Milan, 19 Dec. (askanews) – Rankings and prizes, as we know, leave the time they find. But in certain moments and in certain cases it is right to try to bet on a reading or an interpretation, even if only for the sake of the debate that can follow. So for 2022 it is nice to be able to write that the book of the year is a novel, moreover an Italian one, capable of doing things that belong little or nothing to our traditional idea of letters: “Così per semper” by Chiara Valerio (Einaudi) . A work that restores hope to a whole movement and that we like to write about again when we try to draw up a sort of balance sheet, always provisional, obviously of this year which is about to end.
“Beauty is never comforting. The consolation of beauty is an invention”. We read it on page 350 of the novel, a story that crosses time and space and has the immortal Giacomo Koch as its protagonist, who in another time was called Count Dracula, and now lives in Rome, in an attic overlooking Largo of Torre Argentina. But we were talking about beauty, and the invention of its consoling abilities, and we would like to try to overturn the reasoning: certainly literature too is an invention, indeed, to put it even more clearly, it is fiction, it is a staging . However, when it is good literature, it obviously becomes more distinguishable than reality itself, we know, it becomes more “true”, as the best critics have taught us and I am thinking, for example, of Alfonso Berardinelli (who wrote “don’t encourage the novel”, and he is often right, but in this case it was wonderful to be surprised), by what we usually call “reality”. Therefore, from this perspective, even the invention of the consolation that comes from beauty – the all-encompassing beauty of this novel by Chiara Valerio – becomes, page after page, tangible, evident, at a certain point so strong as to be poignant. Perhaps “yearning consolation” sounds like an oxymoron, but it doesn’t matter. We are talking about a book in which one gets lost, looking at the algae on the foundations of Venice or thinking about a mathematical idea which is “a kind of amphibian between being and not being, called the imaginary root”, a book which does things which Italian literature no one had ever done, and he does it with such neurotic grace that leaves every possibility open. To the novel and to us who read it. This alone could be enough to cry out for a miracle.
“Every love story is a ghost story” is the decidedly successful title of the biography of David Foster Wallace written by DT Max. I have already written too many times that Chiara Valerio resembles the American writer in many respects – for passions, brilliance , mobile intelligence – and it is almost trivial to paraphrase that title in “every love story is a vampire story”. But then, to be fair, we can use (Ockham’s) razor even more to say that every story is simply a love story. This is the case for Giacomo and for Mina Harker, his “immortal beloved”, and for the other forms that she assumes in the novel, such as the extraordinary one of 40-year-old Cecilia Lauro. And so it is, in what are perhaps the most beautiful pages ever, for Mina and Agnese, the latter mortally beloved, in the nights and days of a dense and incurable (therefore wonderful) Venice as perhaps not even Brodsky had managed to make so alive. But be careful: around these love stories there is a book that thinks like a universe, that uses its author’s brain like a knife, that plays with literature knowing full well that the only way to do it seriously is to appear light, frivolous, light-hearted. A quality – a manifestation of literary intelligence, to put it better – which among Italian writers is not so widespread, alas. In this sense, another miracle, “So forever” is a response to Jonathan Franzen’s prediction, now almost 10 years old, on the fact that the rival of the novel is (today it is like this) the TV series, with their rhythm, their apparently radical aesthetics, their enveloping narrative capacity. Chiara Valerio’s book has the strength and contemporaneity to win its game, and not with horror or mystery things, it would be too easy, but also with disturbing, amusing and brilliant cultural objects such as, for example, “Fleabag” or “The End of the F***ing World”. And of course with the historical tradition of the adventure novel, but this seems almost too obvious to point it out again.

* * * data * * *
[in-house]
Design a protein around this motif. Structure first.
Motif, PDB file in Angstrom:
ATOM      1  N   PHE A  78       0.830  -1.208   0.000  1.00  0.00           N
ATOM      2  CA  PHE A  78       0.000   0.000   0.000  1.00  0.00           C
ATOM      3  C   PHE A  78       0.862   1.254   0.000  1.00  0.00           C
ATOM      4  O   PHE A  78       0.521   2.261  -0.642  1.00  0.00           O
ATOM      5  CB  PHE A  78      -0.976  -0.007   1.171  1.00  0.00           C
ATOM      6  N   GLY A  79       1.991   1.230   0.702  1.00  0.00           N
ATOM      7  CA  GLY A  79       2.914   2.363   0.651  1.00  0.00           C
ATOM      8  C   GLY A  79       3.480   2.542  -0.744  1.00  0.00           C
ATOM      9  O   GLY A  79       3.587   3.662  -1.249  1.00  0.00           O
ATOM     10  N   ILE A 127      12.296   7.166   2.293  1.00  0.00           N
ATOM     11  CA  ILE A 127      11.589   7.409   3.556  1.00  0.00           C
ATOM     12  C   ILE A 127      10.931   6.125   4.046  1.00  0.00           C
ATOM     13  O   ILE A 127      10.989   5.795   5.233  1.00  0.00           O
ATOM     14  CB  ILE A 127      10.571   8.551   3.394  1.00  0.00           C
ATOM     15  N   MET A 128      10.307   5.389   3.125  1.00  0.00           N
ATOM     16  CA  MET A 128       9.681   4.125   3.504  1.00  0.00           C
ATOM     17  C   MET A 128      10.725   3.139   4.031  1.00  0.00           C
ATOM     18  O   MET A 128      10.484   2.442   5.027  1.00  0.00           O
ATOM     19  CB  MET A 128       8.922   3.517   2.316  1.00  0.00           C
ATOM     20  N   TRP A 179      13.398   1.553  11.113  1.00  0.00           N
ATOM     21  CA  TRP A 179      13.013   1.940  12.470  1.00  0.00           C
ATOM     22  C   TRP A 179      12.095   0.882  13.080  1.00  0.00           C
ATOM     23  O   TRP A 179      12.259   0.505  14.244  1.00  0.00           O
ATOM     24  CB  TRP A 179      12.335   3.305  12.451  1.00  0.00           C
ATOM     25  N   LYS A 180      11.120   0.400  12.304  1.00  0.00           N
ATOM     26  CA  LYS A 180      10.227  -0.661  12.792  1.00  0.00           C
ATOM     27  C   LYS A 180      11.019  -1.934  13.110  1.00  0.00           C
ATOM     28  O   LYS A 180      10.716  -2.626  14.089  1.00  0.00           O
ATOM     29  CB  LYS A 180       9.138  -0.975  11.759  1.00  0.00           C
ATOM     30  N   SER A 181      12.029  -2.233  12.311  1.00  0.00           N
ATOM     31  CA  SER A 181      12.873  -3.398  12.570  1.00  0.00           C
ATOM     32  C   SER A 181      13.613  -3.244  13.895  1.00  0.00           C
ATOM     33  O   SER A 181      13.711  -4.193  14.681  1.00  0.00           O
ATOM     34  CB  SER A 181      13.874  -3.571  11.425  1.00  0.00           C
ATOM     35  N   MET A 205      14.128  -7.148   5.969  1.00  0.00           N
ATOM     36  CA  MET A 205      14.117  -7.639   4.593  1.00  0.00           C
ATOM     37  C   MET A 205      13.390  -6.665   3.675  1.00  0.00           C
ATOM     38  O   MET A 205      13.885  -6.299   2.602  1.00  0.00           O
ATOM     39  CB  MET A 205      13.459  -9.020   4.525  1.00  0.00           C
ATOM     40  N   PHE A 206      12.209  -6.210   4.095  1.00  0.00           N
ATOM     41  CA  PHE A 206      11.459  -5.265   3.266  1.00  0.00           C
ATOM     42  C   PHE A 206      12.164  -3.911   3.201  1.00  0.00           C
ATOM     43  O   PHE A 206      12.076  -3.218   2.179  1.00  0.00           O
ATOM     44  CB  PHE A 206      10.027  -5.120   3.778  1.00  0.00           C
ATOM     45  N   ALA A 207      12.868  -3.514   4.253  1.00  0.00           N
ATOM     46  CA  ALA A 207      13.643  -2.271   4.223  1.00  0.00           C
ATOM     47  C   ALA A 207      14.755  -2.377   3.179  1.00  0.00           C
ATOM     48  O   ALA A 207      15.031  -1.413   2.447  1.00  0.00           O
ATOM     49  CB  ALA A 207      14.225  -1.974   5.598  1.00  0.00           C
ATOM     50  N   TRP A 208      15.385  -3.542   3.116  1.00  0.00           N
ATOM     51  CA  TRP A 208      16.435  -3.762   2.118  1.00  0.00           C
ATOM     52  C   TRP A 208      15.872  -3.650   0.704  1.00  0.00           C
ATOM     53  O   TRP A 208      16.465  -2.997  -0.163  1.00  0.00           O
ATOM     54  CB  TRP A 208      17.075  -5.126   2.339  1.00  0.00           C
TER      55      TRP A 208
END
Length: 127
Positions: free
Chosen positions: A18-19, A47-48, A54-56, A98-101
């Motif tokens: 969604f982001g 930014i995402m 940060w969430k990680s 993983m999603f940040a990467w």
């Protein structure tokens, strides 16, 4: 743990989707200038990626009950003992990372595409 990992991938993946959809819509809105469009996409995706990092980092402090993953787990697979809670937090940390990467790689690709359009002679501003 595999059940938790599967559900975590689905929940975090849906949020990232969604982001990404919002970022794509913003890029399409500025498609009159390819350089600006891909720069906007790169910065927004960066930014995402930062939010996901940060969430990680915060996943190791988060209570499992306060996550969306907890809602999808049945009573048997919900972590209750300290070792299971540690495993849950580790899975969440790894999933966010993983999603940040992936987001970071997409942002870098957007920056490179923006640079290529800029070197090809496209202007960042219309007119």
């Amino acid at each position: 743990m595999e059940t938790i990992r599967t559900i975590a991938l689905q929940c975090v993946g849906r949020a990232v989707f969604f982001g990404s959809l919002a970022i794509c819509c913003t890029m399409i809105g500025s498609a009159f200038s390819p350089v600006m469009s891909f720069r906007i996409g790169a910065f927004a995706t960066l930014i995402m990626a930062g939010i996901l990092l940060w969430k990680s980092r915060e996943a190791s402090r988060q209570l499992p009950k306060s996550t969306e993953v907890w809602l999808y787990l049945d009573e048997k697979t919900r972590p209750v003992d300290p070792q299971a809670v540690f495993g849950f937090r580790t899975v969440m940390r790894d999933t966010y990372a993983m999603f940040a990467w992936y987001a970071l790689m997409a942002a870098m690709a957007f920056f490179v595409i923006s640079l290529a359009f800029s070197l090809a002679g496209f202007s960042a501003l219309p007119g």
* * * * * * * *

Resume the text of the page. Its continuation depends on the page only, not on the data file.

Giacomo, Mina, Luisa, Agnese, Cecilia, Ion. The Civet cat, eternal and capable of walking vertically on walls. There are many unforgettable characters and sometimes the plot intertwines – in the space-time of the narrative – until it gets tangled. But they are pauses that do not compromise the overall architecture and that leave the field, yes, to a story of the spaces, as well as of the people, which has something amazing, something of Italo Calvino and his imaginary architectural passions (try to think of Dracula who lives inside the Invisible Cities, so to speak). We always come back here, to the theme of imagined life, which is what takes shape in literature and from there, from that Platonic idea, shapes our life. Out of the books, always assuming that for a novel like “So forever” there is an “outside”. Even Giacomo Koch, who sees everything and has lived everything, could find it difficult to answer this question.
At this point a note would be needed, a few words would be needed about Chiara Valerio and the annoyance that her person and her work sometimes arouse in many presumed custodians of “culture”. But it’s such an uninteresting topic, compared to the writer’s workforce, compared to her always unpredictable intelligence (and sensitivity), that it’s perfectly fine. Just read it, read it counts. The rest is outline.